Look At These Mind-Scrambling Examples Of Sealed-Beam Headlight Holdouts

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Familiarity is a strange thing. When I was a kid growing up firmly in the era of only four headlight options for all cars – single or dual round sealed beams, or single or dual rectangular sealed beams – I longed for the freedom enjoyed in Europe and the rest of the world where headlights could take on special shapes thanks to tailored-to-specific car model plastic or even custom glass. When this headlight freedom finally arrived in America in 1984 with the Lincoln Mk VII I was ecstatic, and have enjoyed this bold era of wild headlamp experimentation. And yet, at the same time, I now find myself weirdly nostalgic for those old, crappy glass lights, which I think is why I find examples of the very last examples of sealed-beams so exciting. So let’s check these out!

These examples were sent to us by an Autopian named Oliver, who first clued us in to an interesting example, not really a recent holdout, but more of a little-known variation from the early 1990s. Behold:

 

Yes, that’s a second-gen Dodge Caravan minivan there, but with a strange-looking black plastic front face that incorporates rectangular sealed-beam headlights. You can see the normal 1991 Caravan up there in the corner to compare what the normal face looked like, with its shaped, composite headlights.

That black face must have been some incredibly rare fleet-vehicle special, only used in, I assume, places where I’m not, because I’ve never seen this remarkable thing. I was wondering if it was just some sort of odd, penny-pinching styling exercise that never made it into production, but our man Oliver provided an official parts list and diagram that seems to show that yes, these were real, somewhere:

This example is fascinating because of its incredible rarity, and the fact that it appeared in the early era of composite headlamp adoption, and appears to be a prudent hedging of bets on Chrysler’s part, and a reminder that those fancy-ass new shaped headlights are much more expensive than off-the-Walmart-shelf sealed beams.

That cost issue is the entire reason why sealed beams have lingered on as much as they have, and that’s why the only recent examples have been fleet vehicles. The 2017 Chevy Express (up above there, watching you) was the absolute last holdout for sealed beams in America, and I feel like that workhorse van has gotten plenty of attention as such.

What hasn’t gotten nearly as much attention is the other example Oliver showed me: a mid-2000s Chevy Colorado truck with sealed-beam rectangular headlights. Just look at this thing:

Holy crap. This one is incredible because this first generation of Chevy Colorado (2004-2012) was designed to use composite headlights very specifically, like pretty much everything from this era. Here’s what it normally looks like:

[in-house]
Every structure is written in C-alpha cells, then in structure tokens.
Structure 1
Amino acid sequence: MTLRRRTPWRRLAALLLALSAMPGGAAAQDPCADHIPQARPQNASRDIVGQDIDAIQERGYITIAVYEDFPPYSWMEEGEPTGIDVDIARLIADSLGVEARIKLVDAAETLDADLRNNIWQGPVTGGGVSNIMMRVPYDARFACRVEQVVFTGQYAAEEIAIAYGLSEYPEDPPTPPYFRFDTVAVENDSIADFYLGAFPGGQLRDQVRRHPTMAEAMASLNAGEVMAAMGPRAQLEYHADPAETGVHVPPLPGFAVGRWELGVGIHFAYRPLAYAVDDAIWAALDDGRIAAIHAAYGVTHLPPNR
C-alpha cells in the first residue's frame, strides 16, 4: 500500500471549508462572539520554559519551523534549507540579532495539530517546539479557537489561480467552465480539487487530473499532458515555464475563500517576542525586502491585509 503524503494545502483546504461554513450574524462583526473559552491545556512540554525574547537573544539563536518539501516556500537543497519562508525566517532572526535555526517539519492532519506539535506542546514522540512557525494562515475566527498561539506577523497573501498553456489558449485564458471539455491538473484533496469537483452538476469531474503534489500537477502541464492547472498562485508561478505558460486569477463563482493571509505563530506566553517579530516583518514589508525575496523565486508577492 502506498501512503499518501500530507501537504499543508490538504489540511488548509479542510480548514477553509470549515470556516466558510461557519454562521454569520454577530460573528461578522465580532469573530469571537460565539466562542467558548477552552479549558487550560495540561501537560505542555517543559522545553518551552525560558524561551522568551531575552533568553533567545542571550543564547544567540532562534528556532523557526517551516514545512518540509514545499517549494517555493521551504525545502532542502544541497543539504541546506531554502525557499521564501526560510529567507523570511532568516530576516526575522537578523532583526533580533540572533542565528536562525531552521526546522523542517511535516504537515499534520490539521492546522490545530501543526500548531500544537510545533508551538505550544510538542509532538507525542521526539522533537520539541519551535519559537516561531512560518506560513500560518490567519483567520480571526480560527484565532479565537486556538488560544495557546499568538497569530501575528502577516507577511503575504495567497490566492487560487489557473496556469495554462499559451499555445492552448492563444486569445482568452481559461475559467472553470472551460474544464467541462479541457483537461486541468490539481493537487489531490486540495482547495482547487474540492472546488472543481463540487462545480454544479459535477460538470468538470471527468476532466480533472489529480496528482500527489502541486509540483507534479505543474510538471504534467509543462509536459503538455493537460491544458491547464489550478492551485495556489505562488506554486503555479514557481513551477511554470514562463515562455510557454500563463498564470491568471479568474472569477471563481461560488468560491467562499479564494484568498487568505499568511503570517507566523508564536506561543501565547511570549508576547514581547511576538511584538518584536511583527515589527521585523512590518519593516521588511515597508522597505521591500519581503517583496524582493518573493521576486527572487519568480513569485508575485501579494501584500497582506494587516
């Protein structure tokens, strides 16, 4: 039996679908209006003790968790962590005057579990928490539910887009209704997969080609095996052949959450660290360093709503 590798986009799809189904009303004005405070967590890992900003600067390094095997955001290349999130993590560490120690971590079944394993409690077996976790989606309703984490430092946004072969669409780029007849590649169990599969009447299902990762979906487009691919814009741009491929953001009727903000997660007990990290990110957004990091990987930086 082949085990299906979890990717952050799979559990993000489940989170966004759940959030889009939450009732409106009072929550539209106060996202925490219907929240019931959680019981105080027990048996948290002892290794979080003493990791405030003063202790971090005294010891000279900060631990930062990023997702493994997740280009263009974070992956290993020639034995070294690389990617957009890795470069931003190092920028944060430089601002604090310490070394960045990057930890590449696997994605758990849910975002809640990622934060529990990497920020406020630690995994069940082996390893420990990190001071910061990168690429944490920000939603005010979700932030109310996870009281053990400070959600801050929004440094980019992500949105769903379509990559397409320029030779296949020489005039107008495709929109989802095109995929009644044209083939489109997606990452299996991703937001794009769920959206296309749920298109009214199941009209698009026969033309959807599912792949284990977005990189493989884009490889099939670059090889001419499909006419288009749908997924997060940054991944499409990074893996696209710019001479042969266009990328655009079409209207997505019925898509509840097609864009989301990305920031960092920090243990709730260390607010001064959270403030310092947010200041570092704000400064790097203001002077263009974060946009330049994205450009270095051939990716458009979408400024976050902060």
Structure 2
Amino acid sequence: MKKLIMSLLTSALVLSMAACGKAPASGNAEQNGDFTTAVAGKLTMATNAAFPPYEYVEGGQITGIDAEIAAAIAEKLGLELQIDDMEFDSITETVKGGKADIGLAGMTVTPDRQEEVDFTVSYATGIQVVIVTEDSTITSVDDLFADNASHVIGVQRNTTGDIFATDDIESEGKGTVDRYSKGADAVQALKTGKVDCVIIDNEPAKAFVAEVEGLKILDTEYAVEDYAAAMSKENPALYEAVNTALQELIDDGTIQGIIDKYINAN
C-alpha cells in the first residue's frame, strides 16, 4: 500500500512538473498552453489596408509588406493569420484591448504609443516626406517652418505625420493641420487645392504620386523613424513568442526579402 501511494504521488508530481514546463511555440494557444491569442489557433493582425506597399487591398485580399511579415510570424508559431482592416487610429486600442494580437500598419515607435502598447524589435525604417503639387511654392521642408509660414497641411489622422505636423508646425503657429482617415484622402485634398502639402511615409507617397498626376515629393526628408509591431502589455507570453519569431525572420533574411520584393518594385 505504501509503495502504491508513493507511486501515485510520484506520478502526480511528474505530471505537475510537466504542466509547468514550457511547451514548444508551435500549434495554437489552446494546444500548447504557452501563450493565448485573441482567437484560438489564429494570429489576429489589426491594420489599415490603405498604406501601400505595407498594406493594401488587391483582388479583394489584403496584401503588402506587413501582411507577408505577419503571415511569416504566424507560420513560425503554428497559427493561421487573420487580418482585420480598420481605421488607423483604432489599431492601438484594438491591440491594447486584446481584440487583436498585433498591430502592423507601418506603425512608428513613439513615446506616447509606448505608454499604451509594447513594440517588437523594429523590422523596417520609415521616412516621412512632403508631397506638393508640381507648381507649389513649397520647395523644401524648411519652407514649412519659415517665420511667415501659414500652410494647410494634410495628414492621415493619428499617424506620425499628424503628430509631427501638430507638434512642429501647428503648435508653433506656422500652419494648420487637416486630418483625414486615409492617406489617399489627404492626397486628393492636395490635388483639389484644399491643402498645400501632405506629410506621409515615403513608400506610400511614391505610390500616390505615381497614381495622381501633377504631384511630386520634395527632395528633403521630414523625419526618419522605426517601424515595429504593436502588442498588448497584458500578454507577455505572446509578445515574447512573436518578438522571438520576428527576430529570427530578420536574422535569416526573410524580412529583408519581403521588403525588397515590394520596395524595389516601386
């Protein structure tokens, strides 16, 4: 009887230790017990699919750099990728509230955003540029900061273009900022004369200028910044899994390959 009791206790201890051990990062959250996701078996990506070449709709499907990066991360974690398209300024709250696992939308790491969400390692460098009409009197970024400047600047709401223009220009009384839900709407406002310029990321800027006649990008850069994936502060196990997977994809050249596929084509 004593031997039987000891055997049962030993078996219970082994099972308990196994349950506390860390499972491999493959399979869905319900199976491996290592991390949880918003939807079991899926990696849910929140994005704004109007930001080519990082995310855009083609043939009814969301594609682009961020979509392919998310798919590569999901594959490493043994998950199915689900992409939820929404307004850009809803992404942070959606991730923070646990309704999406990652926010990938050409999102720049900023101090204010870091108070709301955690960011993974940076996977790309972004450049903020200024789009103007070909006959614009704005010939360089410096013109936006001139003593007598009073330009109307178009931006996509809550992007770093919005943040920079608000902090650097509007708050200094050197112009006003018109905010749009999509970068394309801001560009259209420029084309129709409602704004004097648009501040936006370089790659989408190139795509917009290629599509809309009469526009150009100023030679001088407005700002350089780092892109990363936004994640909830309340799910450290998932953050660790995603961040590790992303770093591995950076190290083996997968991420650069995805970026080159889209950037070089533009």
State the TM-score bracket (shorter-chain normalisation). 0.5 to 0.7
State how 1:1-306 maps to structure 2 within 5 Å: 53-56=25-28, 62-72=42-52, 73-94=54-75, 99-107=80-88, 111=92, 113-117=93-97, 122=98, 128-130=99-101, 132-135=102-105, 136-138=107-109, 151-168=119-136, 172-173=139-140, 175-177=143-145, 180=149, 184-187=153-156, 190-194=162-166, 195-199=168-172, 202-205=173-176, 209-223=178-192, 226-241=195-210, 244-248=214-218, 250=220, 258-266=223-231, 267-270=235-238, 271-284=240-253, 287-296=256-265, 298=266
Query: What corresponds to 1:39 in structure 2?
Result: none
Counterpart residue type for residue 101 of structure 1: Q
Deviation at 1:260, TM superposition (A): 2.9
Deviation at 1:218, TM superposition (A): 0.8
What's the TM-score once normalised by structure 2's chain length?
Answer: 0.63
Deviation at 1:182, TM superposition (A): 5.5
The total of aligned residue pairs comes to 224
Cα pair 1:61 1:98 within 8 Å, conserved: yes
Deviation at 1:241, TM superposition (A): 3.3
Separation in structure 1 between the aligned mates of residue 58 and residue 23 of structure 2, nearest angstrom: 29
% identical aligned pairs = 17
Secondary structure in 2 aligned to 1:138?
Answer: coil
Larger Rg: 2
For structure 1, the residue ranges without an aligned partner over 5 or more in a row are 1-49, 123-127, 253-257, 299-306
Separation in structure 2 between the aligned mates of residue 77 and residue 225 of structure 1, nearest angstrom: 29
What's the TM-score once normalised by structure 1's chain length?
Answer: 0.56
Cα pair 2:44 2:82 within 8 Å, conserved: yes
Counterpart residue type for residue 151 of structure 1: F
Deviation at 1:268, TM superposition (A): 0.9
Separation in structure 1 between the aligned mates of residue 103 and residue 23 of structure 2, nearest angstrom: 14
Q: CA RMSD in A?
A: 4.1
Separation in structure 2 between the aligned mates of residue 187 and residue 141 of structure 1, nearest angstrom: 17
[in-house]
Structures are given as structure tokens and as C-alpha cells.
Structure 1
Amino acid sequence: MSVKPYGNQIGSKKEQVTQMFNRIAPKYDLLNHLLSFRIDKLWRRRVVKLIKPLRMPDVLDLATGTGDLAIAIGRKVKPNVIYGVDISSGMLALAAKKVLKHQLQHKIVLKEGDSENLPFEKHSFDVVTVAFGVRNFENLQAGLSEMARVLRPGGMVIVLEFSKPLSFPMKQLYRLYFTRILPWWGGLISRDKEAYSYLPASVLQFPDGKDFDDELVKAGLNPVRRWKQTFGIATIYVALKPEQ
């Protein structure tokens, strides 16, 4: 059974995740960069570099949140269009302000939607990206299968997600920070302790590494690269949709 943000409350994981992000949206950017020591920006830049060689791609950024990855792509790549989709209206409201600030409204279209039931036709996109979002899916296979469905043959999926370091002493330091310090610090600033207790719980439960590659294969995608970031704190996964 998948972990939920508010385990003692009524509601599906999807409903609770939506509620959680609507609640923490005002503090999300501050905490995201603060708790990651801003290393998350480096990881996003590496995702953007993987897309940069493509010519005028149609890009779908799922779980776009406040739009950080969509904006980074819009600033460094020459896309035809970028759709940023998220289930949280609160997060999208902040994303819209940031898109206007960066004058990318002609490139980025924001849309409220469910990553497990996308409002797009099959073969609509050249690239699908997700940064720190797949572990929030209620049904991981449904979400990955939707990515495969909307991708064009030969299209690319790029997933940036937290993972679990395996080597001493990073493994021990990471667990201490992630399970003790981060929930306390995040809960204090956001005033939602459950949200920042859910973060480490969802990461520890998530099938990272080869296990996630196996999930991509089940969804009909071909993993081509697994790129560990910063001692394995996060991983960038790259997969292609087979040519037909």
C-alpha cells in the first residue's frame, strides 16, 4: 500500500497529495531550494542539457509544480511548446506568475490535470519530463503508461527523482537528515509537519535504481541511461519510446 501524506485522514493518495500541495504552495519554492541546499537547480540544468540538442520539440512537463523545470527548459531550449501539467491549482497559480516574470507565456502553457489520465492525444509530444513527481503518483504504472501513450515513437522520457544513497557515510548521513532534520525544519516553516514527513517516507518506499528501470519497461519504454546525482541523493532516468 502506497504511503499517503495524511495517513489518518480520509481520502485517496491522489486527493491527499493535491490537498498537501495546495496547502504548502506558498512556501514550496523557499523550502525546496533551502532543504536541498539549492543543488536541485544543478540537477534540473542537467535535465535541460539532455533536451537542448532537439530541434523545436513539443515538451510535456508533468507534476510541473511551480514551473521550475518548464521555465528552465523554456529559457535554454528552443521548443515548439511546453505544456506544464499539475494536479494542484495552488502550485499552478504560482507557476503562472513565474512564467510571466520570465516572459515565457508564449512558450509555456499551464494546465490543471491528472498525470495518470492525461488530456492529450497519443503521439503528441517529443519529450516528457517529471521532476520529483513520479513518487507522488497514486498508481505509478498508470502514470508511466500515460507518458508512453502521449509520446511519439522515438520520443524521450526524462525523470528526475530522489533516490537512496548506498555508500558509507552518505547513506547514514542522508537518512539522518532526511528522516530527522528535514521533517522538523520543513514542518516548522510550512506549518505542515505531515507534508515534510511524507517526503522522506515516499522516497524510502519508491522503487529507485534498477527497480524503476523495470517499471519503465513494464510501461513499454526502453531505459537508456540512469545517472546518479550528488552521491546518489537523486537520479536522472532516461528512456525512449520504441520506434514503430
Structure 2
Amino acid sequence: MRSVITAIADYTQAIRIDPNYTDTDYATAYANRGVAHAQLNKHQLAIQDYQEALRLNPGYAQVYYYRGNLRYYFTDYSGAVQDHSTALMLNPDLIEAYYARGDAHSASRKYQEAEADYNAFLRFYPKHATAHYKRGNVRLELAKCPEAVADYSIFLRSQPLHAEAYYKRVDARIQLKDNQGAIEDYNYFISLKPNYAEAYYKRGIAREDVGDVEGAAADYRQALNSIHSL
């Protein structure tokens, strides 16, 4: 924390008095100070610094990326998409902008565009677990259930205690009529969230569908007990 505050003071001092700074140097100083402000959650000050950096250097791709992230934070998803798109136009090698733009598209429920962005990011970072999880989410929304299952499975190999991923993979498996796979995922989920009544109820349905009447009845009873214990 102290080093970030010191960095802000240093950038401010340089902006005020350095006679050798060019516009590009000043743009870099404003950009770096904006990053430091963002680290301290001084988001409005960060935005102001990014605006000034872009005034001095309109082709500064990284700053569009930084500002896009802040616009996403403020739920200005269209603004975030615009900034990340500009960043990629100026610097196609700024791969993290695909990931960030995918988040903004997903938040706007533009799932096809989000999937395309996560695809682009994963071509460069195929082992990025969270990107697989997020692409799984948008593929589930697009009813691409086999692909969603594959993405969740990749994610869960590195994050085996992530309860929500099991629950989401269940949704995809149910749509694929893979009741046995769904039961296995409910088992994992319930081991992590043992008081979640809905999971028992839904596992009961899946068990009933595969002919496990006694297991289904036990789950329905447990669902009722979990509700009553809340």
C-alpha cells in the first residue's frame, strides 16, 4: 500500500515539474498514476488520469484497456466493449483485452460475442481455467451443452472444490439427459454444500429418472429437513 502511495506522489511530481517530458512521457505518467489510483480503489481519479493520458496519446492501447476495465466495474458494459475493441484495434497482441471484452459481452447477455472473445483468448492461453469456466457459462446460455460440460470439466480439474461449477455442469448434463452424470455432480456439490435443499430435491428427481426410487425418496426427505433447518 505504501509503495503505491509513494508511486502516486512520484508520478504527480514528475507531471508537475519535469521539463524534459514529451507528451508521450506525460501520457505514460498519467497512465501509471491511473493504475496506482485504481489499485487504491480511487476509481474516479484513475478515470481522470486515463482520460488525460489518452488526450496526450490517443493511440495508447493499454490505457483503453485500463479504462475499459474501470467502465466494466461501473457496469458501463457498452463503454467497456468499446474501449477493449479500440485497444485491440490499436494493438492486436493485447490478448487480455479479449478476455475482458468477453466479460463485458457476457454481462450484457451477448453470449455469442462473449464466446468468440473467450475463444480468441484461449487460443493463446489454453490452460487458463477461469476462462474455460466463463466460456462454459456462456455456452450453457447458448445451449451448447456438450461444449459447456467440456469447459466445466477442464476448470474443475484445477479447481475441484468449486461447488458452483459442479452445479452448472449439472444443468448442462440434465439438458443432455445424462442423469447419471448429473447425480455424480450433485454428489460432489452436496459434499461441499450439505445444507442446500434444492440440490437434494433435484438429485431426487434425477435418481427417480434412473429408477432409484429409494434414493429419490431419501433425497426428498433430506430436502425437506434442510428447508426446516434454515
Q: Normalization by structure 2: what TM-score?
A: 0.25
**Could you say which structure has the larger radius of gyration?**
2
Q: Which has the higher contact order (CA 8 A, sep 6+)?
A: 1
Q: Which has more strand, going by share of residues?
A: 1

As you can see, those composite headlights are a key anchor in that front end design. When they’re replaced with rectangular $8 sealed beams you get to see the fascinating hoops some junior designer had to jump through to make this somehow work.

Some even went even more fleet-chic and didn’t bother painting the front end plastic:

From an anthropomorphization standpoint, its interesting to note that the indicator/parking lamp/DRL units above the headlights seem to read more as the eyes, at least to me. I can force myself to shift to the lower lamps as eyes and the indicators as eyebrows, but it takes some effort.

I’d also like to point out that it’s not just Oliver and me who find this sealed-beam Colorado fascinating; the Internet’s Mr.Regular seems to be equally flabbergasted as well:

See? It’s got to be important, because we now have three people on record as being interested. What more do you want?

Really, I kind of love the look of the Colorado with sealed beams, and each of these examples is a great way to highlight what the sealed beam does really well: be cheap.

Well, being cheap, and not clouding up into a miserable milky haze like so many aging composite headlights do. Those are important things in the right contexts, and even if they were derided as boring and a styling nightmare, I’m always excited to see modern-era designs made to work with these old cheap glass globes and prisms.

If anyone knows of other 2000s-era sealed beam vehicles (not like big trucks or fire engines and stuff–those we know hold on to them) I’d love to see them!

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57 Responses

  1. The running theme here is that utility vehicles are what kept sealed beams the longest, but what about passenger cars? The Geo Metro kept sealed beams until 1997 on the base models only. Higher trims got composite lights, and when the Geo brand was discontinued and the car got rebadged as a Chevy for 1998 the sealed beams were dropped.

  2. The interplay between standardization and bespoke design is very interesting to me.

    Sealed beams vs. bespoke lighting is the same argument as USB-C vs. proprietary charging cables. But you can find all four permutations of people who support/oppose both of those things. It makes no sense!

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